Fragile X syndrome is caused by the loss of expression of the fragile X mental retardation protein, FMRP. FMRP is an RNA-binding protein that is highly expressed in neurons and undergoes multiple post-translational modifications including methylation on arginine. FMRP is methylated on the high-affinity RNA-binding motif, the RGG box, at positions 533, 538, 543 and 545 of murine FMRP. To identify the arginines important for FMRP function, we examined their role in polyribosome and mRNA association. We found that arginines 533 and 538 were required for normal FMRP polyribosome association whereas all four arginines played a role in RNA binding, depending on the identity of the RNA. The model G-quadruplex RNA sc1 required arginines 533 and 538 for normal association with FMRP, whereas AATYK mRNA did not. In vitro methylation of FMRP-bearing arginine substitutions inhibited sc1 binding but not AATYK binding. In addition, we found that PRMT1 coimmunoprecipitated with FMRP isolated from cells and that siRNAs directed against PRMT1 led to reduced FMRP methylation. Thus, two lines of experimentation demonstrate that PRMT1 acts on FMRP in cells. In summary, we provide evidence for the important role of the RGG box in polyribosome association. We also demonstrate for the first time that the different arginines of the RGG box are important for the binding of different RNAs. Finally, we show that PRMT1 methylates FMRP in cells, suggesting a model where methylation of the RGG box modulates either the quantity or the identity of the RNAs bound by FMRP.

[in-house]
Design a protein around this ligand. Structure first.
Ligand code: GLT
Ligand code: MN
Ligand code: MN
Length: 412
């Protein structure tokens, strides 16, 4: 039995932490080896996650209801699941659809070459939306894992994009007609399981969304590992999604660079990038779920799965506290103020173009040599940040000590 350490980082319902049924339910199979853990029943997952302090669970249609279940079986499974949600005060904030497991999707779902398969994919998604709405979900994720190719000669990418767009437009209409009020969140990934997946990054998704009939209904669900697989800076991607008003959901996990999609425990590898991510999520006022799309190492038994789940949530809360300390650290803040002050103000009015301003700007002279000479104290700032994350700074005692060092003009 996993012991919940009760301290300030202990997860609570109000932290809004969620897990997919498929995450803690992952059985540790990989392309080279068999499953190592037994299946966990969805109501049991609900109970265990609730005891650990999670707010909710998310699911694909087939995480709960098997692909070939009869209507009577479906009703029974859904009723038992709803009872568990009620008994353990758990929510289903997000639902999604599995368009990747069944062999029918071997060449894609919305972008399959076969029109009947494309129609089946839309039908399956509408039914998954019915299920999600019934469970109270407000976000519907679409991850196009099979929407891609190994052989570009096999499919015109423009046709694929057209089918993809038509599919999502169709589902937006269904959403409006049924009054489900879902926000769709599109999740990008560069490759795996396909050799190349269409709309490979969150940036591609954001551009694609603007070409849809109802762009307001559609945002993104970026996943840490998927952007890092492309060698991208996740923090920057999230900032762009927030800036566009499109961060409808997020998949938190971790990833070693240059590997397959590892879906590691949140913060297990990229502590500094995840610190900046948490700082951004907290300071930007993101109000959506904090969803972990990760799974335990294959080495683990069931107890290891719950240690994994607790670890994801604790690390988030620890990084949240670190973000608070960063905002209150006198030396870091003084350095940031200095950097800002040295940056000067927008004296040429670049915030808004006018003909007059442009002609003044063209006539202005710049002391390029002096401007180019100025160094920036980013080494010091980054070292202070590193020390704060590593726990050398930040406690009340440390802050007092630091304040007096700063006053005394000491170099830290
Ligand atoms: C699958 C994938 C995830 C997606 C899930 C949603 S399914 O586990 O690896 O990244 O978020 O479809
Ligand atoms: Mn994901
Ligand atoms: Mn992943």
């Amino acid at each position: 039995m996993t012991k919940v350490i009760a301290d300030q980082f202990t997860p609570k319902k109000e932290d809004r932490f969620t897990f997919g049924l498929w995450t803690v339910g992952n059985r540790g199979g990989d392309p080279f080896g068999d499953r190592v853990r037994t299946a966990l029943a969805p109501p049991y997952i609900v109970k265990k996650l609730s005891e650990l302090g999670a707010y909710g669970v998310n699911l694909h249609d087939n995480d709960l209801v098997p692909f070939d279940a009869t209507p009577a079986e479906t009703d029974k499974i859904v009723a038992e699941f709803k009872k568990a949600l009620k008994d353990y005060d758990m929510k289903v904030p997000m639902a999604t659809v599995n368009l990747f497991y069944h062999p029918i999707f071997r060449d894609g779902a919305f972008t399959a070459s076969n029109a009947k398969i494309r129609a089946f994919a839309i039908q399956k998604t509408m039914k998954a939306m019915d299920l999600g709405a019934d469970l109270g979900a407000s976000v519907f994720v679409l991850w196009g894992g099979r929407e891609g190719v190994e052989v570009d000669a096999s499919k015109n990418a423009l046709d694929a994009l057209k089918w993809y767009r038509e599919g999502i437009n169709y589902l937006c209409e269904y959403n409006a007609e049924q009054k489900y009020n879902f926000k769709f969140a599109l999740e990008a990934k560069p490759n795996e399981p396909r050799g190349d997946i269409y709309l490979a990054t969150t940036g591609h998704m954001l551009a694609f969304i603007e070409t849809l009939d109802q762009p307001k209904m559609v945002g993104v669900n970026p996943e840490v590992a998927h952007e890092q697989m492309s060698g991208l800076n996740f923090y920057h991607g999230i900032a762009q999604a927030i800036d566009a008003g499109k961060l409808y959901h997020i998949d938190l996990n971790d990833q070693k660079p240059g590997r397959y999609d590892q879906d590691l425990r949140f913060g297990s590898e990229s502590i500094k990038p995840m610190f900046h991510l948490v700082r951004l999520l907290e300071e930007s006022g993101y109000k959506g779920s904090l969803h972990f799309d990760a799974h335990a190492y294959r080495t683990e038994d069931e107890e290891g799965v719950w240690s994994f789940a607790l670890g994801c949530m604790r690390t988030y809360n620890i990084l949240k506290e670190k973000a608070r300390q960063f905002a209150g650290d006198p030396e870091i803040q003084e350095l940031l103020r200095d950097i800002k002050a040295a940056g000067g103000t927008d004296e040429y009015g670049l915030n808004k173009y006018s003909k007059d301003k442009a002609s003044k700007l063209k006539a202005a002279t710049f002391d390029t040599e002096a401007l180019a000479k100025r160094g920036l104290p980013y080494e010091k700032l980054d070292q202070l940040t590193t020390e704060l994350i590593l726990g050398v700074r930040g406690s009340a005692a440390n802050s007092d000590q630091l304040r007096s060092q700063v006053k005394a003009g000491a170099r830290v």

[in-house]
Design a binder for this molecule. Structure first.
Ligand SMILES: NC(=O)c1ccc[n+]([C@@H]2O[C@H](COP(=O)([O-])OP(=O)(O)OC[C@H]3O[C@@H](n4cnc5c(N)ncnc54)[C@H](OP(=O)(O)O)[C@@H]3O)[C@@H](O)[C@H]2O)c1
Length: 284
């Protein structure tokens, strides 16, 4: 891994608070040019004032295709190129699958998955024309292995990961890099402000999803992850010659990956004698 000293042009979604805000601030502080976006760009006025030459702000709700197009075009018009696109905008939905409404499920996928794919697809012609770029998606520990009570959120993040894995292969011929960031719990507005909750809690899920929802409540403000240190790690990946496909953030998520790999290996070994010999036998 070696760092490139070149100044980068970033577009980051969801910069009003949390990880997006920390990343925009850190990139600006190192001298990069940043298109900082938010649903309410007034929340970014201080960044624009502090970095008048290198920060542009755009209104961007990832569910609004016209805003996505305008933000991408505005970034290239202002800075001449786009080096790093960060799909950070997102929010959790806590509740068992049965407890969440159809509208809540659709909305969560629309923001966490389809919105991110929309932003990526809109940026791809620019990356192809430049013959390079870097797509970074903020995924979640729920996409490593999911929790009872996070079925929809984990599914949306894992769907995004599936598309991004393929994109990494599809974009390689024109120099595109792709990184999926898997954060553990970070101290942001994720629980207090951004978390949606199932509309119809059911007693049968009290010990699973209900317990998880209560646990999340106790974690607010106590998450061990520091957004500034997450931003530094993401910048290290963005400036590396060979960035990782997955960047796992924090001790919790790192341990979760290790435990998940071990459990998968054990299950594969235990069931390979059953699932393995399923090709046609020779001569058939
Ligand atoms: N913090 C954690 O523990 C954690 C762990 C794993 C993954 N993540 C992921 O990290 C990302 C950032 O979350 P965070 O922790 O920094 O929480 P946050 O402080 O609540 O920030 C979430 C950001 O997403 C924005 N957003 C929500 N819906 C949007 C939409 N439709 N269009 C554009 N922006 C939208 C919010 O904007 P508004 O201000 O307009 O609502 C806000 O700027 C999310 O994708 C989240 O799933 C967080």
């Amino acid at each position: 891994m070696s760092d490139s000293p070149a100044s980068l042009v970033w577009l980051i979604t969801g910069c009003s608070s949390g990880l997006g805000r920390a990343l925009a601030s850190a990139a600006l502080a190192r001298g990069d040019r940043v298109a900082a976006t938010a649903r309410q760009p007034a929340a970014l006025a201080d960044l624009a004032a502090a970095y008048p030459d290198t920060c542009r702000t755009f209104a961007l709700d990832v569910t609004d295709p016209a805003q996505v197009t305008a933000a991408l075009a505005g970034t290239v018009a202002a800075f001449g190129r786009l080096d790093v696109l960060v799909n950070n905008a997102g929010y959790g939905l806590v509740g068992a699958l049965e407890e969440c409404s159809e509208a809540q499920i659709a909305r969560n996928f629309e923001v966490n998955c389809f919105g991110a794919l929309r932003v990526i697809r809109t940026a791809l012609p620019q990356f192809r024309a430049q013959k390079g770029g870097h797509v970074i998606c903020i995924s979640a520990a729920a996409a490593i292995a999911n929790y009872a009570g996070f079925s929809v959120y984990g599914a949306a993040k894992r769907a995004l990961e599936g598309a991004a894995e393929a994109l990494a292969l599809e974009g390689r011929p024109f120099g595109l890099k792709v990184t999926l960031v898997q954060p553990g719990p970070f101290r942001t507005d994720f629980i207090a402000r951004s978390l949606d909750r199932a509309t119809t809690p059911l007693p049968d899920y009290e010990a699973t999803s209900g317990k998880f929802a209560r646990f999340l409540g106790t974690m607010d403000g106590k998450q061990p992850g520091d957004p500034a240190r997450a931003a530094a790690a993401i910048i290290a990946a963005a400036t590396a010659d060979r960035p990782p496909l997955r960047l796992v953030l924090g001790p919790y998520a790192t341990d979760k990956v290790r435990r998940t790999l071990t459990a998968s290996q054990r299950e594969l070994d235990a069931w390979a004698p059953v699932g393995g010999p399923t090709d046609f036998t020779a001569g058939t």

ASJC Scopus subject areas
- Molecular Biology